Listening to music also gives us an outlet to let those emotions flow from ourselves. It’s something that can be done in solitude, yet we don’t feel alone. And because we feel as if we’re not alone in our sadness, we start to feel better. It normalizes our grief. So, go ahead and make yourself a breakup playlist, put on those headphones, and let the music carry out your emotions.

Did You Know?

Breakups aren’t the only things music helps with. Music therapy is actually a very common method in recovery. Music gives people an outlet to express their emotions without having to explicitly describe them. It’s also a fun and unconventional way to build fellowship in recovery. Many recovery programs offer some sort of music therapy to help their clients heal. New Start actually partners with Rock to Recovery to incorporate music therapy in our residential program.

Set and Maintain Boundaries

There’s little worse for a relationship than the dreaded on-again off-again cycle. It may seem like a good idea to give someone another chance or rebuild your relationship, and sometimes that may work. But, in general, the on-again off-again thing does not work and only makes the situation worse for both parties. This cycle is especially harmful in recovery because you’ll be focusing on your toxic relationship rather than on yourself and your sobriety. Your sobriety should be your number one priority. Toxic relationships and constant breakups just set you up for relapse and emotional turmoil.

Instead of succumbing to the cycle, set boundaries for yourself and your ex. For example, don’t maintain contact unless absolutely necessary (such as if you have to co-parent with them). Later on, when you both feel healed and strong enough, you may be able to be friends with an ex. But until then, maintain your boundaries.

Know Your Worth

Many recovering addicts and loved ones of addicts struggle with co-dependency. Breakups will intensify the various complications surrounding that struggle. If you’re dealing with a breakup, it’s important to remember your own self-worth. Your worth does not depend on anyone else and it is not lowered because of a breakup. Try to boost your own self-esteem and strengthen your own self-image so that you can move on with your life and focus on your recovery.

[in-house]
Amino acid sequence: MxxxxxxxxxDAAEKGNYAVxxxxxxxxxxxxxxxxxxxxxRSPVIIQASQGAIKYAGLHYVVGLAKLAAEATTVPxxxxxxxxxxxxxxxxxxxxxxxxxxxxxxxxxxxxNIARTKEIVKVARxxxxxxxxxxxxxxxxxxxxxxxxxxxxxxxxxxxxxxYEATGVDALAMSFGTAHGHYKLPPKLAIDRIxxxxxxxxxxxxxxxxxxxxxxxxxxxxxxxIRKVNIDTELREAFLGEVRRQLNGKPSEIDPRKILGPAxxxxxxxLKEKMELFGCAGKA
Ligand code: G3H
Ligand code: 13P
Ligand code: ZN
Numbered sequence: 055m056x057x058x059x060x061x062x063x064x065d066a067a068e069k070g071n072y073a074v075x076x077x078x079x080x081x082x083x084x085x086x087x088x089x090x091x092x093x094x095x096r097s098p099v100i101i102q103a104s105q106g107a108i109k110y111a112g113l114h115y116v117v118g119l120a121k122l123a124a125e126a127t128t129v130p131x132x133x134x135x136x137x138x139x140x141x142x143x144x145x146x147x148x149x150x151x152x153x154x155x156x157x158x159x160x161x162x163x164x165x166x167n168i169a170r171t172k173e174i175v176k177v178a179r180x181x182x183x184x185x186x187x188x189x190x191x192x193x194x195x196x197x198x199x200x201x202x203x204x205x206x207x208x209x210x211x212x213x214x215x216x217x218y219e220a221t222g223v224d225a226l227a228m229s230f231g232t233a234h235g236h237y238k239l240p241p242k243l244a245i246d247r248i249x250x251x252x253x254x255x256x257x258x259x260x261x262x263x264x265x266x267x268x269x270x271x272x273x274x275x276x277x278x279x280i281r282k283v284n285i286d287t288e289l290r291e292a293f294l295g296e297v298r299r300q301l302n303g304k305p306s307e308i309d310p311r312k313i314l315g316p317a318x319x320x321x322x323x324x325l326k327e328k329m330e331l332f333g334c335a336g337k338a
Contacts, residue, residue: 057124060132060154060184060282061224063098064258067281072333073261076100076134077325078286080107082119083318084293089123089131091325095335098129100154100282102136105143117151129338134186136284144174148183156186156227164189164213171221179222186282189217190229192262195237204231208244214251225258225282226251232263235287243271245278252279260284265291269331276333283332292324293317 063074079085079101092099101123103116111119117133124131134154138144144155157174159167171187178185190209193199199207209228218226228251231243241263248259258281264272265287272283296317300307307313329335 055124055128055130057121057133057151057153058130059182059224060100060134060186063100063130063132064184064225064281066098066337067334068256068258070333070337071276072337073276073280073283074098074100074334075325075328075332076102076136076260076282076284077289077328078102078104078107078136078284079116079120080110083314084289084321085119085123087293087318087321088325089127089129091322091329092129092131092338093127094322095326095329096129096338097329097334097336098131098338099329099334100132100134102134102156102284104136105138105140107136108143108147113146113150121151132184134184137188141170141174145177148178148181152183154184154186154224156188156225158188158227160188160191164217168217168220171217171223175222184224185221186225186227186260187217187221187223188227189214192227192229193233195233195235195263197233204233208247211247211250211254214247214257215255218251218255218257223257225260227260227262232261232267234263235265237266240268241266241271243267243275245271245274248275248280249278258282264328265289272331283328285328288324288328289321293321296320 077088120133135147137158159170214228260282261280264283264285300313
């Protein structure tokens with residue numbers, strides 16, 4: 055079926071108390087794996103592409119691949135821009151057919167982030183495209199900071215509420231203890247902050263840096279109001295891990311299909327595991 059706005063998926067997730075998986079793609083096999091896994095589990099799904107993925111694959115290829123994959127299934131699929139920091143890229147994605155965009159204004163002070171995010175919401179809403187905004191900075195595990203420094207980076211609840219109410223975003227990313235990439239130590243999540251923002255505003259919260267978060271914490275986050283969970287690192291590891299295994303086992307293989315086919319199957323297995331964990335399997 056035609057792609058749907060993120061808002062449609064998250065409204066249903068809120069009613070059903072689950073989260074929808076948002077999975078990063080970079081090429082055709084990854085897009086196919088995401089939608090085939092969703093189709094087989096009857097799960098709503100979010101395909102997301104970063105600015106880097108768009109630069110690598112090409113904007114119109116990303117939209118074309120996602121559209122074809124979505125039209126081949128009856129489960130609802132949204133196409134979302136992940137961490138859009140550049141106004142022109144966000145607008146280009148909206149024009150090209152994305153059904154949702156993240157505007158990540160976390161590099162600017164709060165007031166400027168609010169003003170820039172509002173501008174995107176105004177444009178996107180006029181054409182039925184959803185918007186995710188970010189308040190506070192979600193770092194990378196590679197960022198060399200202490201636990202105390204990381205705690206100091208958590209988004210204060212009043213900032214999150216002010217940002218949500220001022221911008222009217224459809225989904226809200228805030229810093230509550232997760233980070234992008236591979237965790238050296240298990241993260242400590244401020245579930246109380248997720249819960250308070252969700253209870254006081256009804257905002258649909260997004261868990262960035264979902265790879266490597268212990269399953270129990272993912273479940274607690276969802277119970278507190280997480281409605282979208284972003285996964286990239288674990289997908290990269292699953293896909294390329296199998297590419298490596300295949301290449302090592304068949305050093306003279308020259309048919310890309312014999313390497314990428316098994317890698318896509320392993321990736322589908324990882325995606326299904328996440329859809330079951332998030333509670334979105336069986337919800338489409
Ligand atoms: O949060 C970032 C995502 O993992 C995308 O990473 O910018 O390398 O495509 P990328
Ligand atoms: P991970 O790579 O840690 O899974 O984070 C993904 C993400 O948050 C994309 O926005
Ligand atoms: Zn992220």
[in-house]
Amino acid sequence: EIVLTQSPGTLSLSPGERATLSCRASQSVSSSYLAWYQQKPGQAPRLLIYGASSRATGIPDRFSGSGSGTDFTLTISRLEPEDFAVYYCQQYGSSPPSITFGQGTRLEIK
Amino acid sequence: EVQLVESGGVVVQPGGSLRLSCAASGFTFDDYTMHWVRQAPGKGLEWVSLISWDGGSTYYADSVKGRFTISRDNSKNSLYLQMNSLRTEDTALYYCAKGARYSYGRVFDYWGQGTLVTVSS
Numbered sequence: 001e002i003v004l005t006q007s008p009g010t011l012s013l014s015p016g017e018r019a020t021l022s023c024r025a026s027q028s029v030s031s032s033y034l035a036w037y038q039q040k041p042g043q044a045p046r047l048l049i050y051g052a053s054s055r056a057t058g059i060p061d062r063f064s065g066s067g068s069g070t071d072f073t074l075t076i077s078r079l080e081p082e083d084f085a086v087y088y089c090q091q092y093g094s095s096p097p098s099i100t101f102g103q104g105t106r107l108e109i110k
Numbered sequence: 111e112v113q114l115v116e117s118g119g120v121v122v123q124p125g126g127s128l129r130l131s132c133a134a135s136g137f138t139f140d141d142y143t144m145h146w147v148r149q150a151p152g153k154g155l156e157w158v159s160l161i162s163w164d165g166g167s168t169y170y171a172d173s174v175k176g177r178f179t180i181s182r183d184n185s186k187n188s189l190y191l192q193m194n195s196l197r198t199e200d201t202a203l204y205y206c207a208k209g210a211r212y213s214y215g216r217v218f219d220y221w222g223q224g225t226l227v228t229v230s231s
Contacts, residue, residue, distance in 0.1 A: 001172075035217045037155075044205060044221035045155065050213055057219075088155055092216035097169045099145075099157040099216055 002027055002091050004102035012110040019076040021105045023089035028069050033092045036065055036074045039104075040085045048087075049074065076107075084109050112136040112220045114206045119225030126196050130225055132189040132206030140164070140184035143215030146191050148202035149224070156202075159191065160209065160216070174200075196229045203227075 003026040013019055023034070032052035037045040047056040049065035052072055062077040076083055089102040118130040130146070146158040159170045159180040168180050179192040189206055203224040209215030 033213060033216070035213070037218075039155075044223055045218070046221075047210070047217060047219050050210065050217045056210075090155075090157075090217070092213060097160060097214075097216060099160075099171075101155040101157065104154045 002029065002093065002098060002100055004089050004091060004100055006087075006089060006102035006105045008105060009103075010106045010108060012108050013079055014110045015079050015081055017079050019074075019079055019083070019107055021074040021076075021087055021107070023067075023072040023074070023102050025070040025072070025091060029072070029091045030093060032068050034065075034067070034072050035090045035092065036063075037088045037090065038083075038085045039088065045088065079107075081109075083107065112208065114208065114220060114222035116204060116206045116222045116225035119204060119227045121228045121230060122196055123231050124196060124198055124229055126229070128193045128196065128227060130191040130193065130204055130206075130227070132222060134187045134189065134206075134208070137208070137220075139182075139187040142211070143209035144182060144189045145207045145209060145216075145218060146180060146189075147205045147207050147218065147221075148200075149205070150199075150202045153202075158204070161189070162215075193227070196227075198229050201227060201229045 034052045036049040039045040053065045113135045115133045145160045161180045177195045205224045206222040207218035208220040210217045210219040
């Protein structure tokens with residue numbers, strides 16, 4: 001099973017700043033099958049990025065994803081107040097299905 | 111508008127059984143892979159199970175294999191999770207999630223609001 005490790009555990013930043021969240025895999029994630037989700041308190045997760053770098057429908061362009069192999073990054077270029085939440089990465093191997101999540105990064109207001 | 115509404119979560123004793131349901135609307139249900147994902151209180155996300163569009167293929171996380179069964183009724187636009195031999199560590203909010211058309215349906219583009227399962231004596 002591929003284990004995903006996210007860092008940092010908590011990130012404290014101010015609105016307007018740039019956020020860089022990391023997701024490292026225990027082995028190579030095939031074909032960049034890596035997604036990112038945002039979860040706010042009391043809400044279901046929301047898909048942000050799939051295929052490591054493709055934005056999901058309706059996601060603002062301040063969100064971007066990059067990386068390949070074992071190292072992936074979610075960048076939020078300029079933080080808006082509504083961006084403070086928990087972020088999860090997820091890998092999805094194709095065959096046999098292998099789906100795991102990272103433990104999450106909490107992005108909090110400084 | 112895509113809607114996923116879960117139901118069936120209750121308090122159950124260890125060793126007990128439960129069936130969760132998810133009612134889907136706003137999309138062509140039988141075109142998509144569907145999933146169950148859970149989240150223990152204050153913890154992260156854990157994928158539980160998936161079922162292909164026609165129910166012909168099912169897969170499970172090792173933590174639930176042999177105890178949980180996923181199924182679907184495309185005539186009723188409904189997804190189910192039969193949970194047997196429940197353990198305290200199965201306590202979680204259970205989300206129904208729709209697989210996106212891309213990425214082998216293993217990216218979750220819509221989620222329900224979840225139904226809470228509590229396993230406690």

It’s also important to realize that if someone can walk away from you, then they don’t belong in your life. Let them do so. Perhaps you grew apart and you’re no longer good for each other. Don’t spend too much time obsessing over it and trying to justify it. Again, breakups happen because we’re human. We change and grow. Let yourself do so, and let your ex-partner do the same.


Let me just state the obvious again here and say that breakups are hard. But you can’t let them compromise your self-worth, your life, or your recovery. So, grab that ice-cream, put on some sad music, call your sponsor or your most supportive friends, and give yourself time to heal.

Breakups are huge relapse triggers. If a breakup (or anything else) pushed you into relapse, don’t hesitate to reach out for help. New Start can help you claim your recovery again. Call us at 855-737-7363 or reach out to us on our live chat.

Posted in For Loved Ones, Health and Wellness, Recovery